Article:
Resoration decision may be all about the next election
A good day for Reilly many not save his career in Health
Minister for Health Dr James Reilly: his decision went much further than anyone expected, by backdating the reinstatement of discretionary medical cards to mid-2011. Photograph: Gareth Chaney Collins
For obvious electoral reasons, politicians normally hand out goodies to the population before an election, but the Government’s sharp U-turn on medical cards must be the first time such largesse has been showered on voters after the polls closed.
Yet the decision to return 15,300 discretionary medical cards that were legitimately taken away by HSE officials may have more to do with the next general election rather than last month’s local and European ballots.
The decision announced yesterday by a pleased Minister for Health James Reilly went much further than anyone expected, by backdating the reinstatement of discretionary medical cards to mid-2011.
The controversy blew up only in the past year but going back further to July 2011 makes for a clean demarcation line because that was when centralising the assessment of applications began.
Happily for the Government, that decision was taken by its predecessors, so backbenchers will be able to tell voters on the doorsteps that the medical card fiasco was, actually, all Fianna Fail’s fault.
It was a good day for Dr Reilly, who for the first time in ages managed to wrest extra cash from his Cabinet colleagues, although few are betting his political career in Health is saveable at this late stage.
The decision to second-guess entirely legitimate determinations made by public servants on medical card applications was taken after consulting attorney general Máire Whelan, yet the basis for it remains unclear.
The emphatic instruction given by the Government to the HSE was sufficient to overcome the latter’s earlier reluctance to reinstate cards.
The decision is both compassionate and unfair. Compassionate, because as everyone knows now, the removal of discretionary medical cards caused huge grief and anxiety for thousands of families going through the trauma of dealing with serious illness or coping with a long-term medical condition. But it is also unfair or unjust, because of the different way various categories of people are being treated.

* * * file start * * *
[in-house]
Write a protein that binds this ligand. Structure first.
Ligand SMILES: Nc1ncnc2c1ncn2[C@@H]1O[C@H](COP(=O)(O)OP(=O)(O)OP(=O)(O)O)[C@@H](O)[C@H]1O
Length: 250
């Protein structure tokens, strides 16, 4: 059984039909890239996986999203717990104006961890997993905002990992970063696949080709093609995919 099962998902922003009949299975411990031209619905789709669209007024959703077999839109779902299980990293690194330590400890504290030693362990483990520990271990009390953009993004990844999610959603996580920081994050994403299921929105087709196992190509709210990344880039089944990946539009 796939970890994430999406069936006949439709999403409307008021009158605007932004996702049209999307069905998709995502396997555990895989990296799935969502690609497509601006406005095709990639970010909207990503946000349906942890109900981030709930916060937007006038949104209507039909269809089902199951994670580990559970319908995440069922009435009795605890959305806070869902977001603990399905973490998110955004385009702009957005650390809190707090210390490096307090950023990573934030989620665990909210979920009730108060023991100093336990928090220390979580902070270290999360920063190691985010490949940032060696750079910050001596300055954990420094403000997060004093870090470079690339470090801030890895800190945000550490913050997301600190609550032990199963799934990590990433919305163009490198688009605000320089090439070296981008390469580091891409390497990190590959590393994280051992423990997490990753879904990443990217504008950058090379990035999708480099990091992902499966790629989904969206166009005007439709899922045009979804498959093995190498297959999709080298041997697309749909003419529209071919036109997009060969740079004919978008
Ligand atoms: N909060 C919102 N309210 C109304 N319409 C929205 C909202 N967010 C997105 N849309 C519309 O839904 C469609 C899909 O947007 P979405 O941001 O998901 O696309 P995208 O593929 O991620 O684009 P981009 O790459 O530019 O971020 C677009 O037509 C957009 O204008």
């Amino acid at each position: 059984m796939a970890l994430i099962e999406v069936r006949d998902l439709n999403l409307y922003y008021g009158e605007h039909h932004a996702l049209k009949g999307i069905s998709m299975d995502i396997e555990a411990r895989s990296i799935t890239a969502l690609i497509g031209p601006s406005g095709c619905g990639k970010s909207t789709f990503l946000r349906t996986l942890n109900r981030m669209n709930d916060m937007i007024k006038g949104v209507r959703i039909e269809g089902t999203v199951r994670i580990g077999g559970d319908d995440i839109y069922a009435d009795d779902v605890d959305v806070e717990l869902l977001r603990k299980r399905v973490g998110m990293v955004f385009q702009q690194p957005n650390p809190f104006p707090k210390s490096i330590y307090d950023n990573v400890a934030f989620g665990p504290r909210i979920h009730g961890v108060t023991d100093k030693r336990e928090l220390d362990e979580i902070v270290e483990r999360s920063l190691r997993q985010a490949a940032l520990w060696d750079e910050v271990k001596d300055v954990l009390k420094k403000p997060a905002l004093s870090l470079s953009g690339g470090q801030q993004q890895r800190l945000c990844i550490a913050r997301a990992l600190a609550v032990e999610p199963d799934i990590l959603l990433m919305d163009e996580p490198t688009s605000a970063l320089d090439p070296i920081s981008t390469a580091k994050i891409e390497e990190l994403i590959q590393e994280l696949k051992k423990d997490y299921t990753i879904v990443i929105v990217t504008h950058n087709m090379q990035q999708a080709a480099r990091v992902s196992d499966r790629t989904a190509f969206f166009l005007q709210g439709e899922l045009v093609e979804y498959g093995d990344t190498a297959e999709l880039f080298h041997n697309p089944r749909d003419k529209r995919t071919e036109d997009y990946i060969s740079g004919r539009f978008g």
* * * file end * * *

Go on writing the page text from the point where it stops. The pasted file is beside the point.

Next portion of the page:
Many people who lost their discretionary cards between 2011 and 2014 will get their cards back, regardless of how high their disposable income is.
Analysis shows us that three-quarters of those who had their cards removed over the last year were at least €250 a week over the income threshold. Compare this to the situation pertaining for people whose medical needs arise today or tomorrow and who must apply under the current means-based system.
Meanwhile, the regional variations in the way cards were handed out, and that provided the impetus for centralising the system, remain. Indeed, according to the figures used yesterday, they are even starker than we were told before. He pointed out, for example, that there were three discretionary cards per 1,000 population in Co Meath, but 53 in Co Cork.
The effects of these disparities were amply illustrated yesterday by Independent TD Denis Naughten, who accused the Government of “institutionalising discrimination”. He pointed out that in Co Westmeath, people with cancer were traditionally issued cards under the old system. Yet across the county boundary in Co Roscommon, applicants had to prove financial hardship on foot of their cancer treatment before they got a card. Many were too sick to pursue this, he said.
In future, when medical cards are allocated on medical need, as the Government plans, this won’t matter too much. However, this day may be some time off, as legislation will be needed and this, the Minister admitted yesterday, will take some time. Just what this promise will cost is another matter altogether.